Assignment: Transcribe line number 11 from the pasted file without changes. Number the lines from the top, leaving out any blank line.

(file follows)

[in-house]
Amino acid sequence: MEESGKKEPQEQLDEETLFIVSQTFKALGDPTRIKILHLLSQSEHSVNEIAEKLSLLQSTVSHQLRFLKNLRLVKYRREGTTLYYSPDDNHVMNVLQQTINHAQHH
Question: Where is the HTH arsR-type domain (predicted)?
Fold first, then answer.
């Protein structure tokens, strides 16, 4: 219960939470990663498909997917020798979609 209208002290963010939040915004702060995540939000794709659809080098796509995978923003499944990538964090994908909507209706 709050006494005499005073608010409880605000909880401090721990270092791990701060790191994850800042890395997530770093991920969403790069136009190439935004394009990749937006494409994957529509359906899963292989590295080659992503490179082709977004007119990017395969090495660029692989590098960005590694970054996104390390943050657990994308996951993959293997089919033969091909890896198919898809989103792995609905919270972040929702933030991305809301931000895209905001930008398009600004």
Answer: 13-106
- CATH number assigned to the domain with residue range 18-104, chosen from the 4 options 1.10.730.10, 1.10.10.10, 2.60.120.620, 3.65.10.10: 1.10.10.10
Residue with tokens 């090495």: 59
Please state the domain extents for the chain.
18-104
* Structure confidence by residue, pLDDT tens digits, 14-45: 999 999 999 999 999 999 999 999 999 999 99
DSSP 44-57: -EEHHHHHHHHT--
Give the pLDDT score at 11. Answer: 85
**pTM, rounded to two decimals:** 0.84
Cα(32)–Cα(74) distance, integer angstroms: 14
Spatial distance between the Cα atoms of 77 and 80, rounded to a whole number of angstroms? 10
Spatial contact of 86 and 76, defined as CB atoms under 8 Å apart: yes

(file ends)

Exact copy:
* Structure confidence by residue, pLDDT tens digits, 14-45: 999 999 999 999 999 999 999 999 999 999 99